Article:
Recognizing the dead weight at wide receiver will help. Here's a simple rule of thumb for finding those unnecessary players: Any receiver starting in less than 30 percent and owned in less than 70 percent of CBSSports.com leagues isn't going to help your team unless you're totally weak and need all the help you can get.

Now if you have receivers who fit this criteria, it doesn't mean you must cut them right now. It just means they're candidates to be cut if you want to get help elsewhere, such as adding running back depth. Here are some receivers worth hanging on to based on the kind of league you're in or if you're willing to carry one as a sleeper for late-season success (note that sleepers are worth holding on to in any format unless specified below).

Receivers worth owning
Worth owning as: Standard PPR Sleeper
Doug Baldwin X
Arrelious Benn X
Steve Breaston X
Vincent Brown X
Nate Burleson X X X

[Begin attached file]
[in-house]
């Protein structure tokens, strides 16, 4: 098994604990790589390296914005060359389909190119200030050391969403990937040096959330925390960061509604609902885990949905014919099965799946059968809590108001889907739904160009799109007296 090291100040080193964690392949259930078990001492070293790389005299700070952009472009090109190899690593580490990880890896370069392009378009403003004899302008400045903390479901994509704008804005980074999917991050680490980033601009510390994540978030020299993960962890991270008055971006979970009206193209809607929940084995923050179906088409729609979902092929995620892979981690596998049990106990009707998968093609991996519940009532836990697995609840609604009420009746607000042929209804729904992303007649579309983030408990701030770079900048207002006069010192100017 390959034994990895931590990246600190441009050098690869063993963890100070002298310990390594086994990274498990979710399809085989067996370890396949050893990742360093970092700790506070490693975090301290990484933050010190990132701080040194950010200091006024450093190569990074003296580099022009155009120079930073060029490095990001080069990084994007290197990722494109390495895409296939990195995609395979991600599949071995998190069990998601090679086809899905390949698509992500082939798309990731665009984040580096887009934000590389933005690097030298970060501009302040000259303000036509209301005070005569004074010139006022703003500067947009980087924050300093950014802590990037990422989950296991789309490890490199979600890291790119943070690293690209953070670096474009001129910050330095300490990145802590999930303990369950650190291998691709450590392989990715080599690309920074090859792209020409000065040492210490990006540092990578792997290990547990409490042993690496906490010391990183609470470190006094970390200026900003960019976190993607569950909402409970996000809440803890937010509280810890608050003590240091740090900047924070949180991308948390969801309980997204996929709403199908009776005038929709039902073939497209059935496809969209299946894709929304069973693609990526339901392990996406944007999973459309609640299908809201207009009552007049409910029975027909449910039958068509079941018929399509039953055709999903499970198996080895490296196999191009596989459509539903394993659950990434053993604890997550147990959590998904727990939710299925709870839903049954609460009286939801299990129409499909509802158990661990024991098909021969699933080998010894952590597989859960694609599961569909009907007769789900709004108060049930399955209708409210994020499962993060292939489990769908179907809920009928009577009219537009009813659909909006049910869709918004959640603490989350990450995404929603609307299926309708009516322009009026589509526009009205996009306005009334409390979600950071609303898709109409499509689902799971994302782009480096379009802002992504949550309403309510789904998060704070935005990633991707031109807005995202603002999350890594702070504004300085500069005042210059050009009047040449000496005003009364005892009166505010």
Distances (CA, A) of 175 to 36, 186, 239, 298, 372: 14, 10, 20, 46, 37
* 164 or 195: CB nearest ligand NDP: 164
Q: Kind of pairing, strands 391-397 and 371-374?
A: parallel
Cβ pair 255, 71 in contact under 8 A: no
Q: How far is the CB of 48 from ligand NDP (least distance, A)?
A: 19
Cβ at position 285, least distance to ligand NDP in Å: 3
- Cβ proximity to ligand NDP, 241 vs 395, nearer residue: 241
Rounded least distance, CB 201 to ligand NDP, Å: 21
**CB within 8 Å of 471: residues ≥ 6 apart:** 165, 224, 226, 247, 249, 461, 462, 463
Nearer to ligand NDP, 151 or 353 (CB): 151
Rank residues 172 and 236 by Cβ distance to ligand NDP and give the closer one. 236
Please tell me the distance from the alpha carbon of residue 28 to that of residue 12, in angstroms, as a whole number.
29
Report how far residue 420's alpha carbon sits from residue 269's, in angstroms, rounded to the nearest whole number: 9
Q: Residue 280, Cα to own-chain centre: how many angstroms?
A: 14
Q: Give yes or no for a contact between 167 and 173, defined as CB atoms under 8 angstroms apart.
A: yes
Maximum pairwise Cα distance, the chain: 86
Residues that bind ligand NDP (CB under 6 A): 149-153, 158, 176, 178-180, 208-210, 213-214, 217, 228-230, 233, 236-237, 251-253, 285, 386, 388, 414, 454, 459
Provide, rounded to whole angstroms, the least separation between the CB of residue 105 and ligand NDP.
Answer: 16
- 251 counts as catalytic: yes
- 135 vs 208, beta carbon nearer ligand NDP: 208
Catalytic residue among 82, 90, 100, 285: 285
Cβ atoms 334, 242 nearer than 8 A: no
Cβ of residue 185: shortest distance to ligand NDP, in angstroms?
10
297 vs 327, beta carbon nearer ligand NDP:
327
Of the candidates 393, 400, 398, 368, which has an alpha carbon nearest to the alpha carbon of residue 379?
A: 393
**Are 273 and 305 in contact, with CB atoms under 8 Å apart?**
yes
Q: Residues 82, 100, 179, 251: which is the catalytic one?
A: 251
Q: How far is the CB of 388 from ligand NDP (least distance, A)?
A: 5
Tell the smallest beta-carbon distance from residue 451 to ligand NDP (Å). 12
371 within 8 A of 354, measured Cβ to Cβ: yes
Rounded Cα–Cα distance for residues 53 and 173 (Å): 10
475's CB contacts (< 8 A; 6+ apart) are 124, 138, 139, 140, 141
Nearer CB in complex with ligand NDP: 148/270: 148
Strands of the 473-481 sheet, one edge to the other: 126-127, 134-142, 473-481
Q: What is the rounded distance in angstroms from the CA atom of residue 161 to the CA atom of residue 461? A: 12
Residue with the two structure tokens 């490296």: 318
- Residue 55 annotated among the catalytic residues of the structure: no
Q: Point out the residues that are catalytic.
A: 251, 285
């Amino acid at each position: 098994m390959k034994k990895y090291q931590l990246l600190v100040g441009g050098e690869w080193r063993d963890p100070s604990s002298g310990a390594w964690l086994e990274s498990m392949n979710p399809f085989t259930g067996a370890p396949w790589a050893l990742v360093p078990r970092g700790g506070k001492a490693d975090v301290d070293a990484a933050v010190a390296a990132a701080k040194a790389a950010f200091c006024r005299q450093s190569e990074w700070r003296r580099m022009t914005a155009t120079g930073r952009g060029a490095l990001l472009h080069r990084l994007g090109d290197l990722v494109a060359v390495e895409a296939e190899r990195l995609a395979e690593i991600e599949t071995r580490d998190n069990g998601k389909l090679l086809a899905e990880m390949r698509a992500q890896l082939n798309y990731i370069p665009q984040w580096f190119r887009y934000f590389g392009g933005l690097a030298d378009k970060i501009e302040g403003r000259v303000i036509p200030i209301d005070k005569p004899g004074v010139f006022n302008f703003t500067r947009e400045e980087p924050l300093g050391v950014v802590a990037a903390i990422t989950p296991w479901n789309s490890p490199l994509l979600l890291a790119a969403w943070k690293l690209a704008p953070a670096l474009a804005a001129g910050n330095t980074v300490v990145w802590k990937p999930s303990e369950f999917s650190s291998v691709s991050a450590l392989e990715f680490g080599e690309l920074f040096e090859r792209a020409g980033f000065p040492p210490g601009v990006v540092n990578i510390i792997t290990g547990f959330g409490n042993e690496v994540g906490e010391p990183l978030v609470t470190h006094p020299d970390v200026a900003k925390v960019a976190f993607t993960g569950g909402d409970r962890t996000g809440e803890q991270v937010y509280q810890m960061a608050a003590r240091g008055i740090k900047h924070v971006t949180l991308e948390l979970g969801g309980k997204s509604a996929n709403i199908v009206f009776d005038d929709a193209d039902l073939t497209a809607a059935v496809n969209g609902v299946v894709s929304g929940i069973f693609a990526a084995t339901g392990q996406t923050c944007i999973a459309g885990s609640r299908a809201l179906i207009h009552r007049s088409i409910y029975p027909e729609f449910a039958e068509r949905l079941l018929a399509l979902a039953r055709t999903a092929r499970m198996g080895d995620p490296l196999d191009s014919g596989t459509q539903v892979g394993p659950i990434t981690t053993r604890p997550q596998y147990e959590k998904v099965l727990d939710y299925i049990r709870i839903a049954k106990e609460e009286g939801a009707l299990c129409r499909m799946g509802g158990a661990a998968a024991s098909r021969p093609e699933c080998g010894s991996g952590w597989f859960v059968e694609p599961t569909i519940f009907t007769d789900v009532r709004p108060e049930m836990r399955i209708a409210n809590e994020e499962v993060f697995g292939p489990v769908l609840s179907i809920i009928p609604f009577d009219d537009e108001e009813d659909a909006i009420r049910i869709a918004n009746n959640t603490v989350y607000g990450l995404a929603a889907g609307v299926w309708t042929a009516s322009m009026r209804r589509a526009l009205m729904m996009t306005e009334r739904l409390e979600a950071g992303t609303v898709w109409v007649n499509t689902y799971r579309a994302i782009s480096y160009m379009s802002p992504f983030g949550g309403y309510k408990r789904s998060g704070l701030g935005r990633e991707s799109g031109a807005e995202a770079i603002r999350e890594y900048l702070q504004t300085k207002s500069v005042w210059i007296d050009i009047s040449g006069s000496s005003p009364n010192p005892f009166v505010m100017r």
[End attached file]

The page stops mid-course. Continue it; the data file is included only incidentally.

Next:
Josh Cribbs X
Malcom Floyd X X X
Jacoby Ford X
Jabar Gaffney X
Darrius Heyward-Bey X
Lance Moore X X
Santana Moss X X
Greg Little X X
Jerome Simpson X X X
Demaryius Thomas X
Damian Williams X
Titus Young X

Quarterbacks and tight ends are sort of in the same boat: You know who the studs are and you know who the studs aren't. If you have a stud at either position, is it worth it to carry a backup? For instance, if you're only required to start one and you're not in a league 14 or more teams, does it make sense to have more than one quarterback and tight end?

The answer, in my opinion, lies on the waiver wire. If your league already has a bunch of free-agent quarterbacks and tight ends suitable for starting duty on waivers, then you don't need to hog a roster spot with a backup. Let the waiver wire carry the backup for you.

Pretty much any quarterback regularly started in less than 60 percent of leagues is pretty much a backup, with one very notable exception: Tim Tebow. As long as he stays productive, he's a consideration to start from week to week based on who else you have on your team. Everyone else isn't quite there -- guys like Joe Flacco and Mark Sanchez probably won't start for many of you and are only worth keeping if everyone else in your league is keeping a backup.